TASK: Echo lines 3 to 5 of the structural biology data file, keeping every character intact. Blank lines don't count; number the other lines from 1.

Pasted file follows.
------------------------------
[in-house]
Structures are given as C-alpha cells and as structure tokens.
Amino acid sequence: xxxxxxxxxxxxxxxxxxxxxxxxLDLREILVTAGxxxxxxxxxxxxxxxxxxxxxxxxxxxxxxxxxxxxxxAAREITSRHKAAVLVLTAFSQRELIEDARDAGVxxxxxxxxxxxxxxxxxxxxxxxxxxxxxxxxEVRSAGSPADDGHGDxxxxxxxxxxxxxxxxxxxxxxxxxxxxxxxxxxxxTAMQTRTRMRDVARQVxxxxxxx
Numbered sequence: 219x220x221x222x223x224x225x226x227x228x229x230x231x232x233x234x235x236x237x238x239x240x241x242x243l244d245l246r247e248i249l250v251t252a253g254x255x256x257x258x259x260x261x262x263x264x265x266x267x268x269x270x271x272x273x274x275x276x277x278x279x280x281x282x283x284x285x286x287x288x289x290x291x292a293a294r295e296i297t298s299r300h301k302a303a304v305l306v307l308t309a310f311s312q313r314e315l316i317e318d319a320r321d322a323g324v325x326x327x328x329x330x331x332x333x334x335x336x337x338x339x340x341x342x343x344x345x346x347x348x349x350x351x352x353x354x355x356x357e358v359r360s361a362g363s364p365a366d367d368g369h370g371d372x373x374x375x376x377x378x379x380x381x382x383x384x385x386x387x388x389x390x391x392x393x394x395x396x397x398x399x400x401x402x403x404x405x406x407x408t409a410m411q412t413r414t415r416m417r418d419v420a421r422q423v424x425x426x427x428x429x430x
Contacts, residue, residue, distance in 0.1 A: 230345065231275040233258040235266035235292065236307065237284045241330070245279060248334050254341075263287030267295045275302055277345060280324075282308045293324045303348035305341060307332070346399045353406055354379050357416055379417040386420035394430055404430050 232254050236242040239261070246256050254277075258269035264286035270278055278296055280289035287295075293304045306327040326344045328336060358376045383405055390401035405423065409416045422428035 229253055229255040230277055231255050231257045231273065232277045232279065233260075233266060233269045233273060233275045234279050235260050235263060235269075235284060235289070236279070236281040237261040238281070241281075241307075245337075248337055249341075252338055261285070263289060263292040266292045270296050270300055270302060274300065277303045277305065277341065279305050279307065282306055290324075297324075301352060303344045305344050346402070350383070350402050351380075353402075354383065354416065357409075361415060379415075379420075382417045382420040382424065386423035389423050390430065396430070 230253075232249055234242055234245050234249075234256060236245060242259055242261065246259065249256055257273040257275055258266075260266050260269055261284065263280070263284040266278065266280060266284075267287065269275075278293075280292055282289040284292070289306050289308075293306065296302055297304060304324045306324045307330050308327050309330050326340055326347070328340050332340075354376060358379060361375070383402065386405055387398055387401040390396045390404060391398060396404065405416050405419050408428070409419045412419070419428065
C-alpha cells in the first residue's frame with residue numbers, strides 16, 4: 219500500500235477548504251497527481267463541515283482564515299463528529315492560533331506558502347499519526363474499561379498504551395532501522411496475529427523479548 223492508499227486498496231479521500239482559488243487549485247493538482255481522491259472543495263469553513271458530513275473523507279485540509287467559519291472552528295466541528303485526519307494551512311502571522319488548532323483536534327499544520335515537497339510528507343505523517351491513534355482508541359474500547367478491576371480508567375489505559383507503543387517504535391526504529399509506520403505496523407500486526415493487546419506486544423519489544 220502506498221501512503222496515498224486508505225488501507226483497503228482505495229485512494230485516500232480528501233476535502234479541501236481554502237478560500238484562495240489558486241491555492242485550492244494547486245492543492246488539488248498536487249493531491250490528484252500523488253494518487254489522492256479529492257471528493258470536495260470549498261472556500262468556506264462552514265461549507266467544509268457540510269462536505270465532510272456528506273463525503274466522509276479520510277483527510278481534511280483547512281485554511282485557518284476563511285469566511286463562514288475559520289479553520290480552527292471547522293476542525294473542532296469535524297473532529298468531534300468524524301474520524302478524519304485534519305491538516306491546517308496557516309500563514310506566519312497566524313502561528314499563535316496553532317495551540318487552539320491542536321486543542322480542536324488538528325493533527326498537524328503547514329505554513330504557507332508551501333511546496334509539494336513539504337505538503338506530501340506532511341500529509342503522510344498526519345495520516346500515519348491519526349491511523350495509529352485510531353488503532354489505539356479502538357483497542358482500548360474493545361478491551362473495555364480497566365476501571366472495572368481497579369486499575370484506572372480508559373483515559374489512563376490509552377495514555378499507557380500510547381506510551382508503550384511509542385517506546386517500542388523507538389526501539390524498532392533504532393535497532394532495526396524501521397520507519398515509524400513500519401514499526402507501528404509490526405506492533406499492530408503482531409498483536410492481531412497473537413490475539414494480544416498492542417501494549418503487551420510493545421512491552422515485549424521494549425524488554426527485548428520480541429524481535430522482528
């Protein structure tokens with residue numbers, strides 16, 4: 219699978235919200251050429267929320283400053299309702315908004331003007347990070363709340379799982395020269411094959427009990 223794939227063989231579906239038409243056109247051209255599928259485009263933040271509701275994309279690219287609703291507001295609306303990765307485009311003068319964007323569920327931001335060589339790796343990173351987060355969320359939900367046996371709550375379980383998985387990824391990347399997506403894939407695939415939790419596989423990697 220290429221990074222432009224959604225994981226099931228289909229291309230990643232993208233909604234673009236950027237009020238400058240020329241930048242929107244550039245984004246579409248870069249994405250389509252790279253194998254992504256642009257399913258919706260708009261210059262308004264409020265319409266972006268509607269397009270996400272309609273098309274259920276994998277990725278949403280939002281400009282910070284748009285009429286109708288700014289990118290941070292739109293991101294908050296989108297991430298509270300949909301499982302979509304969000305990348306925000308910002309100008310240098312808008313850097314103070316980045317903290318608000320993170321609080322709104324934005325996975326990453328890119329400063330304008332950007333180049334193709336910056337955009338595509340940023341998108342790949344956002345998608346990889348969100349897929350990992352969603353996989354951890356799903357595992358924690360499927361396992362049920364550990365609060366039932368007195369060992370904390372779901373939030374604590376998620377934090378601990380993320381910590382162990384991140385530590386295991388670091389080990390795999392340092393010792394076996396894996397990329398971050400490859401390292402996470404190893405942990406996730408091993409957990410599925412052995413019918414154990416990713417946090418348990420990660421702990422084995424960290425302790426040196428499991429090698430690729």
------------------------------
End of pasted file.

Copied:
Amino acid sequence: xxxxxxxxxxxxxxxxxxxxxxxxLDLREILVTAGxxxxxxxxxxxxxxxxxxxxxxxxxxxxxxxxxxxxxxAAREITSRHKAAVLVLTAFSQRELIEDARDAGVxxxxxxxxxxxxxxxxxxxxxxxxxxxxxxxxEVRSAGSPADDGHGDxxxxxxxxxxxxxxxxxxxxxxxxxxxxxxxxxxxxTAMQTRTRMRDVARQVxxxxxxx
Numbered sequence: 219x220x221x222x223x224x225x226x227x228x229x230x231x232x233x234x235x236x237x238x239x240x241x242x243l244d245l246r247e248i249l250v251t252a253g254x255x256x257x258x259x260x261x262x263x264x265x266x267x268x269x270x271x272x273x274x275x276x277x278x279x280x281x282x283x284x285x286x287x288x289x290x291x292a293a294r295e296i297t298s299r300h301k302a303a304v305l306v307l308t309a310f311s312q313r314e315l316i317e318d319a320r321d322a323g324v325x326x327x328x329x330x331x332x333x334x335x336x337x338x339x340x341x342x343x344x345x346x347x348x349x350x351x352x353x354x355x356x357e358v359r360s361a362g363s364p365a366d367d368g369h370g371d372x373x374x375x376x377x378x379x380x381x382x383x384x385x386x387x388x389x390x391x392x393x394x395x396x397x398x399x400x401x402x403x404x405x406x407x408t409a410m411q412t413r414t415r416m417r418d419v420a421r422q423v424x425x426x427x428x429x430x
Contacts, residue, residue, distance in 0.1 A: 230345065231275040233258040235266035235292065236307065237284045241330070245279060248334050254341075263287030267295045275302055277345060280324075282308045293324045303348035305341060307332070346399045353406055354379050357416055379417040386420035394430055404430050 232254050236242040239261070246256050254277075258269035264286035270278055278296055280289035287295075293304045306327040326344045328336060358376045383405055390401035405423065409416045422428035 229253055229255040230277055231255050231257045231273065232277045232279065233260075233266060233269045233273060233275045234279050235260050235263060235269075235284060235289070236279070236281040237261040238281070241281075241307075245337075248337055249341075252338055261285070263289060263292040266292045270296050270300055270302060274300065277303045277305065277341065279305050279307065282306055290324075297324075301352060303344045305344050346402070350383070350402050351380075353402075354383065354416065357409075361415060379415075379420075382417045382420040382424065386423035389423050390430065396430070 230253075232249055234242055234245050234249075234256060236245060242259055242261065246259065249256055257273040257275055258266075260266050260269055261284065263280070263284040266278065266280060266284075267287065269275075278293075280292055282289040284292070289306050289308075293306065296302055297304060304324045306324045307330050308327050309330050326340055326347070328340050332340075354376060358379060361375070383402065386405055387398055387401040390396045390404060391398060396404065405416050405419050408428070409419045412419070419428065